Look Book: Edith Wharton Era Elegance
By Jennifer DeMeritt
The violence of a well-placed whisper” is how novelist Dennis Lehane describes the tension and intrigue in the novels of Edith Wharton, one of America’s most celebrated and insightful chroniclers of high society. Born to a wealthy New York family in 1862, she was every inch a member of that society. But like many great writers, she had the mind-set of an outsider, thanks to her exposure to the more liberal, cosmopolitan culture of Europe and the preternatural intelligence that distinguished her from her peers.
Her keen insight, ironic humor, and compassion for her characters earned Wharton a Pulitzer Prize for The Age of Innocence, and her influence is still felt today. Julian Fellowes, creator of the hit TV series Downton Abbey, cites her as inspiration. As our own tribute to Edith Wharton and the 150th anniversary of her birth, Boston Common reimagines scenes from The Age of Innocence in the formal gardens of The Mount, the beautiful estate Wharton designed for herself in Lenox. We retrace the steps of Newland Archer and Countess Ellen Olenska, who sacrificed their love for each other to maintain their places in society, walking the tightrope between desire and duty, spontaneity and scandal. Updating these characters in this season’s most luxurious fashions, we honor their timeless story and their creator’s enduring legacy.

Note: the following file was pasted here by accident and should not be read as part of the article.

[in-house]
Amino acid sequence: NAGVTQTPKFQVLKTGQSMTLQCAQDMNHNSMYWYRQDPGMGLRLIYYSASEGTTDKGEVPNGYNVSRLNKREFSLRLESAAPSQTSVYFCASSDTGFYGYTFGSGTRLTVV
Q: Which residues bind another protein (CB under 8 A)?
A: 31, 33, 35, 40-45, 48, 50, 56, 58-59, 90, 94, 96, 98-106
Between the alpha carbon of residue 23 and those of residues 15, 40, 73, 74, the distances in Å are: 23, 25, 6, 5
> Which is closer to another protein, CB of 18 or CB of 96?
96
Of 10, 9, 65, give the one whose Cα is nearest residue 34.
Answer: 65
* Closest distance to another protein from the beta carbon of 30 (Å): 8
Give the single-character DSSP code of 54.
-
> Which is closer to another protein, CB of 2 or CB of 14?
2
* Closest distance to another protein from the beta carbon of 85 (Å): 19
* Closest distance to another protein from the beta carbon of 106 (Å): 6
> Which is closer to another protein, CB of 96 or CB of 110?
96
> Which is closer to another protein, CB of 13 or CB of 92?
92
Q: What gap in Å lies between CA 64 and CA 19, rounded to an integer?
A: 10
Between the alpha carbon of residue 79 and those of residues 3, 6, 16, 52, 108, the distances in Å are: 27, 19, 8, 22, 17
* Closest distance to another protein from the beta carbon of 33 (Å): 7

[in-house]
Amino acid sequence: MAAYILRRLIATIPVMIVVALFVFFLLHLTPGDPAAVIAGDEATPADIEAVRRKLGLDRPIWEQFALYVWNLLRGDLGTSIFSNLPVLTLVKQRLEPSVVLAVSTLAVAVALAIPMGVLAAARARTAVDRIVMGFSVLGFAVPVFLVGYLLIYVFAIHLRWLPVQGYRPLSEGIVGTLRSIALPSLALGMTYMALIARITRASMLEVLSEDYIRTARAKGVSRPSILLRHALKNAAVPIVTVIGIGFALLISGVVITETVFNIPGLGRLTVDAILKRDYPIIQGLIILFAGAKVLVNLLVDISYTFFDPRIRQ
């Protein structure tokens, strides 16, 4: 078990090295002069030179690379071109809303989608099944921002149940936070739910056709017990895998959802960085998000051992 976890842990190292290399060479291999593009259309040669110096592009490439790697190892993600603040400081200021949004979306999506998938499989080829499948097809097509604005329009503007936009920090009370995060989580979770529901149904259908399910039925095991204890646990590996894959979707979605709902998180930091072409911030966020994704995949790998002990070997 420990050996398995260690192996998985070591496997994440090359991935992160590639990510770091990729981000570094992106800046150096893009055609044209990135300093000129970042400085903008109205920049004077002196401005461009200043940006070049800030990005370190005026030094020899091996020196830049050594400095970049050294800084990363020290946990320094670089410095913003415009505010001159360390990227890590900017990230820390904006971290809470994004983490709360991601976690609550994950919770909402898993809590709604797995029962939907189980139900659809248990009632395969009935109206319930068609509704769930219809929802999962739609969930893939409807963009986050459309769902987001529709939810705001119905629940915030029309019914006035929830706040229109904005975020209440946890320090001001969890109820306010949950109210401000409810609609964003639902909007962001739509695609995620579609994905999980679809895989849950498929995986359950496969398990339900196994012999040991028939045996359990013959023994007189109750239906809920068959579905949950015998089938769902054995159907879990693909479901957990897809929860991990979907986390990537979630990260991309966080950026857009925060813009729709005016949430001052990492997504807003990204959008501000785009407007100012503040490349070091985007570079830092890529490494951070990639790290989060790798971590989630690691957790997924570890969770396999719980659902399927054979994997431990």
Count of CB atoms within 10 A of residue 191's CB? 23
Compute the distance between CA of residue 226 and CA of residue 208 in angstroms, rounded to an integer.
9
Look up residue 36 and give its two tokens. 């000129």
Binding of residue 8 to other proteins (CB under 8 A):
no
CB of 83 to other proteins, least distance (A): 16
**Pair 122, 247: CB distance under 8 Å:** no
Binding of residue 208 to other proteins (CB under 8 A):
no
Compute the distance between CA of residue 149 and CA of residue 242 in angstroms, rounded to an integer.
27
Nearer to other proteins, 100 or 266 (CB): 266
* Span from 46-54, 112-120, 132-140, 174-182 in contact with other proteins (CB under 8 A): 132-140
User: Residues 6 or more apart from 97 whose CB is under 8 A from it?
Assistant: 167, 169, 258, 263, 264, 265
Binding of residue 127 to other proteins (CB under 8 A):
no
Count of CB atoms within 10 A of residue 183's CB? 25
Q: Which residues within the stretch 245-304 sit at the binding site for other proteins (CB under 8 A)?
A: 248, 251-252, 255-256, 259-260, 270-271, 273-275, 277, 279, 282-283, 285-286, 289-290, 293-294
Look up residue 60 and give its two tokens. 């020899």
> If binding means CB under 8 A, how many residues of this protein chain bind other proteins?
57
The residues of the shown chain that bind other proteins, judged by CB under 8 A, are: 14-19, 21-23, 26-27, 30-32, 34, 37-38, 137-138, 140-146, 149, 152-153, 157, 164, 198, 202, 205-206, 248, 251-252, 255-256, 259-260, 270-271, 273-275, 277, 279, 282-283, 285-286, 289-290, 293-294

Wharton was a writer’s writer. Novelist Jennifer Egan, also a Pulitzer Prize winner, counts Wharton’s The House of Mirth as one of her favorites, and Jonathan Franzen admires “how modern and refreshingly unashamedly dark she is,” though she was no sulking malcontent. She thoroughly enjoyed her wealth and social position, including the ability to cultivate her passion for design and architecture. Her book The Decoration of Houses was a best seller and is still read by interior designers for its advocacy of design based on comfort, practicality, and balance. And at The Mount she brought these principles to life. “There’s a wonderful dialogue between the architecture of the house and the landscape features of the garden, almost like a musical piece,” says Susan Wissler, executive director of The Mount, which survives today as a cultural institution dedicated to Wharton’s legacy.
To celebrate the sesquicentennial year, The Mount is hosting a series of lectures and events, including a literary festival September 14 to 16, featuring Adam Gopnik, Claire Messud, and many other acclaimed writers.
Photography by Tim Geaney
Stylist Viviana Rodriguez at Ford Artists New York
Photography assistance by Joseph Alvarado and Keith Ketwaroo
Styling assistance by Amber Stolec
Hair and makeup by Nevio Ragazzini at Ford Artists New York using MAC
Female model: Erica Rosen/Major Model
Male model: Paul Kelly/Q Shot on location at the The Mount, edithwharton.org
Accommodations provided by Blantyre, blantyre.com
Special thanks to Rebecka McDougall and Simon Dewar